STK9190 – Bayesian nonparametrics
Statistical analysis involves first setting up a model for data in terms of certain unknown parameters. Bayesian analysis proceeds by placing a prior distribution on these parameters and then deriving and using relevant aspects of the consequent posterior distribution. Bayesian nonparametrics is the extended branch of such modelling and analyses where the parameter of the model is of very high or infinite dimension, as when one models an unknown density, regression, or link function. This calls for more complex mathematics and computational schemes than for the classical cases where the parameter is of low dimension. There are links to and implications for machine learning.
After having completed the course you will have learned some of the more prominent nonparametric prior constructions and ensuing posterior calcuations:
- the Dirichlet process
- the Beta process
- Gaussian processes
- bigger hierarchical models
- applications with real data
After having completed the course you will also be able to:
- present, on a scientific level, a short thesis on a chosen topic of relevance, selected in collaboration with the lecturer
PhD candidates from the University of Oslo should apply for classes and register for examinations through Studentweb.
If a course has limited intake capacity, priority will be given to PhD candidates who follow an individual education plan where this particular course is included. Some national researchers’ schools may have specific rules for ranking applicants for courses with limited intake capacity.
PhD candidates who have been admitted to another higher education institution must apply for a position as a visiting student within a given deadline.
Recommended previous knowledge
and one of the following courses:
STK2100 – Machine learning and statistical methods for prediction and classification
STK2120 – Statistical Methods and Data Analysis 2 (discontinued)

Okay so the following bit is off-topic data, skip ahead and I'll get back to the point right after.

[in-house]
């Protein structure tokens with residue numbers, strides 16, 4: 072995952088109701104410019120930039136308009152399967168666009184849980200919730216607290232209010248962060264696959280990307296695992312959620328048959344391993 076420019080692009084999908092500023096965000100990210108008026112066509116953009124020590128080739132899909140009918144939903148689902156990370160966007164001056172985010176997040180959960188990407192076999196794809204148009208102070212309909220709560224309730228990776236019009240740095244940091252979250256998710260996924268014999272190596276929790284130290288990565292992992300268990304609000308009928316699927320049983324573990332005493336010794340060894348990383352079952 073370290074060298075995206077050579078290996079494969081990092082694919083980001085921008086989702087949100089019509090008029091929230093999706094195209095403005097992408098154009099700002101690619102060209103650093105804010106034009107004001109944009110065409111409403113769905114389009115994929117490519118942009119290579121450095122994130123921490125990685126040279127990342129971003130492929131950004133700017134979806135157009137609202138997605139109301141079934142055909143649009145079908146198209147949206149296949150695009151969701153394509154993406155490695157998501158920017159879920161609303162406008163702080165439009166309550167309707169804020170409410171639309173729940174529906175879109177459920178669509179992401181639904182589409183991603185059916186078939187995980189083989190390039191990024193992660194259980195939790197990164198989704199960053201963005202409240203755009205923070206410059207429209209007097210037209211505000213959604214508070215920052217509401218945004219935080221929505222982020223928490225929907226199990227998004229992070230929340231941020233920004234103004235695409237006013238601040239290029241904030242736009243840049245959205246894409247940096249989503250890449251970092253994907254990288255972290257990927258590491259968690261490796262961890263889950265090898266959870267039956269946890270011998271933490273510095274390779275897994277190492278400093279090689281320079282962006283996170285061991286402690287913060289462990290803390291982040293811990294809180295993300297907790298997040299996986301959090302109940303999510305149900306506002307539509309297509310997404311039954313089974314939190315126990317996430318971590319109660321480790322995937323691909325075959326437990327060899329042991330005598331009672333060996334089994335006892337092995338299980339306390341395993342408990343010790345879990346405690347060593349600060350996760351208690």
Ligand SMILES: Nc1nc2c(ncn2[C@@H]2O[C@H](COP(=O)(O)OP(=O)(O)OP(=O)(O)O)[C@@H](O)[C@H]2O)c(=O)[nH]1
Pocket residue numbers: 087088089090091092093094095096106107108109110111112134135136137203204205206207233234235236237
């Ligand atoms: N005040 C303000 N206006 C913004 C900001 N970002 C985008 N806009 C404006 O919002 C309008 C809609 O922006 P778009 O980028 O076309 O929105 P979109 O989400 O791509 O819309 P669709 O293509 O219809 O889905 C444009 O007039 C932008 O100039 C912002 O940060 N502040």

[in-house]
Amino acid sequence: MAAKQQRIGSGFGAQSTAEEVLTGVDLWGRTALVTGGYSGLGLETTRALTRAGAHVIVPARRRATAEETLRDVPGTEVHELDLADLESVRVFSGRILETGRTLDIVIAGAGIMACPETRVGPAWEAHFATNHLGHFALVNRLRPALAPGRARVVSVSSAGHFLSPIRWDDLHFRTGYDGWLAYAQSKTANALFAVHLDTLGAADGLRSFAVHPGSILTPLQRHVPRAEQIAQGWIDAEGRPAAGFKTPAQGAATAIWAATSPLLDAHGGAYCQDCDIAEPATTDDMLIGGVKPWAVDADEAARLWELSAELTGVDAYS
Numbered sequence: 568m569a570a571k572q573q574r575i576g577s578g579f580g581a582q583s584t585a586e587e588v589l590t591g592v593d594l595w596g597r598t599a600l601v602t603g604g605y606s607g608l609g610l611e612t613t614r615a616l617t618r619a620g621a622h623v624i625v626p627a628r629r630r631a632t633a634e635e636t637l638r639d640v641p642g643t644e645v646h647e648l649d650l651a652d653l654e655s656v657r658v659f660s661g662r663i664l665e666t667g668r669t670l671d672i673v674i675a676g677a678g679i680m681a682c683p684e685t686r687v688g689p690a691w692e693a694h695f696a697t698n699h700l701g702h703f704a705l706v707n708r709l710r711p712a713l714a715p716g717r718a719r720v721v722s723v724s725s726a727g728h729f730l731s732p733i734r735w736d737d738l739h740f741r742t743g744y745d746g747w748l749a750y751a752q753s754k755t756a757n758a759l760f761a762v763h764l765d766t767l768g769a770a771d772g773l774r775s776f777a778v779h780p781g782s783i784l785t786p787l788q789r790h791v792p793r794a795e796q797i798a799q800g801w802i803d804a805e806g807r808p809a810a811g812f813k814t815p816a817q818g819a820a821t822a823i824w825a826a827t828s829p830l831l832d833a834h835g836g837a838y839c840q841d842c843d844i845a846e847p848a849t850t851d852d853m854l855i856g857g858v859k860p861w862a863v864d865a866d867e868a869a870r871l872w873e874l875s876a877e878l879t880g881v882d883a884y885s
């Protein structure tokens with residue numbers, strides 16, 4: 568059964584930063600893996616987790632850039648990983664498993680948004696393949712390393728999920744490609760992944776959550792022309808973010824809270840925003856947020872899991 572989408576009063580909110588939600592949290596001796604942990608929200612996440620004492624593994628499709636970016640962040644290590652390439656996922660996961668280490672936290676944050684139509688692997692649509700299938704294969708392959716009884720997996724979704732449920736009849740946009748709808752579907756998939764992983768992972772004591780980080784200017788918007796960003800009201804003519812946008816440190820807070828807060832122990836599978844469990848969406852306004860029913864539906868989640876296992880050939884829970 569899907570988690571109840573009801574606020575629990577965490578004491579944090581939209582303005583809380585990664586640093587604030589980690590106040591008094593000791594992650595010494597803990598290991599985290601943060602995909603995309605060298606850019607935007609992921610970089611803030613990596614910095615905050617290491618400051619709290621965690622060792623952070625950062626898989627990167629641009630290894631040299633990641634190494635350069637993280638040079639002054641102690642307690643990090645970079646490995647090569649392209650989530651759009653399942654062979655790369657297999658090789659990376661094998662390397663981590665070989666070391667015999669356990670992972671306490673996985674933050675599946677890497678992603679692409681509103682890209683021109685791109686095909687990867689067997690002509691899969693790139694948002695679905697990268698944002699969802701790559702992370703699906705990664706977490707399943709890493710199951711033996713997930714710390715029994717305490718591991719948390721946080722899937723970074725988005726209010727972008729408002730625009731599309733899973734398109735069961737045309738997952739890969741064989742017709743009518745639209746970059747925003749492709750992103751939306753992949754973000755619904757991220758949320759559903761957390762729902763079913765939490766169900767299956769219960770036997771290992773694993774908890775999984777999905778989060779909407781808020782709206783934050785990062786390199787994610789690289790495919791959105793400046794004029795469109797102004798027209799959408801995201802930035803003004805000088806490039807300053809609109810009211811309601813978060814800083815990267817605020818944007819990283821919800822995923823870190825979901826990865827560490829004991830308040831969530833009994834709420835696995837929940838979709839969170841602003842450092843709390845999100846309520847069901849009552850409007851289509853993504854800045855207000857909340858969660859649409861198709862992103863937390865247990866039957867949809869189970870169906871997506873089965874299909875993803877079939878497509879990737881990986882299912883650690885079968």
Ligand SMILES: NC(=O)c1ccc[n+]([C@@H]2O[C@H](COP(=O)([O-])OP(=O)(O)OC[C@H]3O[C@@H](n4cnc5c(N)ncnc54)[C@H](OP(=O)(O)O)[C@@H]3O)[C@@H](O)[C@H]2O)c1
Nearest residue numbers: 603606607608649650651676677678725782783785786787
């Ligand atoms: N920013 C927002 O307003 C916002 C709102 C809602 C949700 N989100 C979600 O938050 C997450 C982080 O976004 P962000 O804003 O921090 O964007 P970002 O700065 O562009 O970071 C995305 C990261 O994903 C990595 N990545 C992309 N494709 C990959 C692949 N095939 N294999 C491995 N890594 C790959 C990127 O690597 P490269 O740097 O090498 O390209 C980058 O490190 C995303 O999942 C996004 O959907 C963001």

STK3100 – Introduction to generalized linear models
10 credits overlap with STK4190 – Bayesian nonparametrics
3 hours of lectures/exercises per week.
Depending on the number of students, the exam will be in one of the following four forms:
1. Only written exam
2. Only oral exam
3. A project paper followed by a written exam.
4. A project paper followed by an oral exam/hearing.
For the latter two the project paper and the exam counts equally and the final grade is based on a general impression after the final exam. (The two parts of the exam will not be individually graded.)
The form of examination will be announced by the teaching staff by 15 October/15 March for the autumn semester and the spring semester respectively.
In addition, each PhD candidate is expected to give an oral presentation on a topic of relevance chosen in cooperation with the lecturer. The presentation has to be approved by the lecturer for the student to be admitted to the final exam.
Examination support material
No examination support material is allowed.
Language of examination
Subjects taught in English will only offer the exam paper in English.
You may write your examination paper in Norwegian, Swedish, Danish or English.
Grades are awarded on a pass/fail scale. Read more about the grading system.
Explanations and appeals
Resit an examination
This course offers both postponed and resit of examination. Read more:
Withdrawal from an examination
It is possible to take the exam up to 3 times. If you withdraw from the exam after the deadline or during the exam, this will be counted as an examination attempt.
Special examination arrangements
Application form, deadline and requirements for special examination arrangements.
The course is subject to continuous evaluation. At regular intervals we also ask students to participate in a more comprehensive evaluation.